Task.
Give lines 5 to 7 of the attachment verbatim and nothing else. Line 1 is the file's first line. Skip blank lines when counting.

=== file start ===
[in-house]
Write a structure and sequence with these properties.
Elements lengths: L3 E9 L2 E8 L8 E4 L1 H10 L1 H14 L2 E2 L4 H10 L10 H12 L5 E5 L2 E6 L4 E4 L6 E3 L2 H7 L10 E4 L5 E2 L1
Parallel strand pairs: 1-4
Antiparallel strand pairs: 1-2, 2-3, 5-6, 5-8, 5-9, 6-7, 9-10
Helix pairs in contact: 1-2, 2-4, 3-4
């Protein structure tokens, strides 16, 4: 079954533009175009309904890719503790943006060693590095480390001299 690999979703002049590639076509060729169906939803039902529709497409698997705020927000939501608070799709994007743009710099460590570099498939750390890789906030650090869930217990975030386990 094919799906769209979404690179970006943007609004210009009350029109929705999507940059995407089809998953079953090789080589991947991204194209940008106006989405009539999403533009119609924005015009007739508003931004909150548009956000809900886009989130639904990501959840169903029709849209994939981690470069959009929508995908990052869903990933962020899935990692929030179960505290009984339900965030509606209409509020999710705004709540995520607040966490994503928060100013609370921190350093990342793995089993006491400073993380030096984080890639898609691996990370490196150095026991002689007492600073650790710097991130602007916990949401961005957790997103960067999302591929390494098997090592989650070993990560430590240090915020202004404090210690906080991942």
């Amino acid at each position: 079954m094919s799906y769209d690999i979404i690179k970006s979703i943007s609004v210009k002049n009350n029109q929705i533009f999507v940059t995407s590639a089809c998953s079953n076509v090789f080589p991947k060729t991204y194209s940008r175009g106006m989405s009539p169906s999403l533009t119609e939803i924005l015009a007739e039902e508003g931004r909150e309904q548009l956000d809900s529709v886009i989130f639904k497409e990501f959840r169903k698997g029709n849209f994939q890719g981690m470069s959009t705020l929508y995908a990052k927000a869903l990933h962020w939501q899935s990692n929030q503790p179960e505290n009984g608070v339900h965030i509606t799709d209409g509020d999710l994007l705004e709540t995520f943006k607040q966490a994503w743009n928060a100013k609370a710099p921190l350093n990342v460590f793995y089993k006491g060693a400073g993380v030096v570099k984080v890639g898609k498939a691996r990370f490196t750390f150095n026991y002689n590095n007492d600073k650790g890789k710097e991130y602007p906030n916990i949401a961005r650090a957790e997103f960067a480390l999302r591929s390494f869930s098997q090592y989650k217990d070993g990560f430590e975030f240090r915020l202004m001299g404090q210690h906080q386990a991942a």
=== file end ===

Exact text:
Antiparallel strand pairs: 1-2, 2-3, 5-6, 5-8, 5-9, 6-7, 9-10
Helix pairs in contact: 1-2, 2-4, 3-4
């Protein structure tokens, strides 16, 4: 079954533009175009309904890719503790943006060693590095480390001299 690999979703002049590639076509060729169906939803039902529709497409698997705020927000939501608070799709994007743009710099460590570099498939750390890789906030650090869930217990975030386990 094919799906769209979404690179970006943007609004210009009350029109929705999507940059995407089809998953079953090789080589991947991204194209940008106006989405009539999403533009119609924005015009007739508003931004909150548009956000809900886009989130639904990501959840169903029709849209994939981690470069959009929508995908990052869903990933962020899935990692929030179960505290009984339900965030509606209409509020999710705004709540995520607040966490994503928060100013609370921190350093990342793995089993006491400073993380030096984080890639898609691996990370490196150095026991002689007492600073650790710097991130602007916990949401961005957790997103960067999302591929390494098997090592989650070993990560430590240090915020202004404090210690906080991942």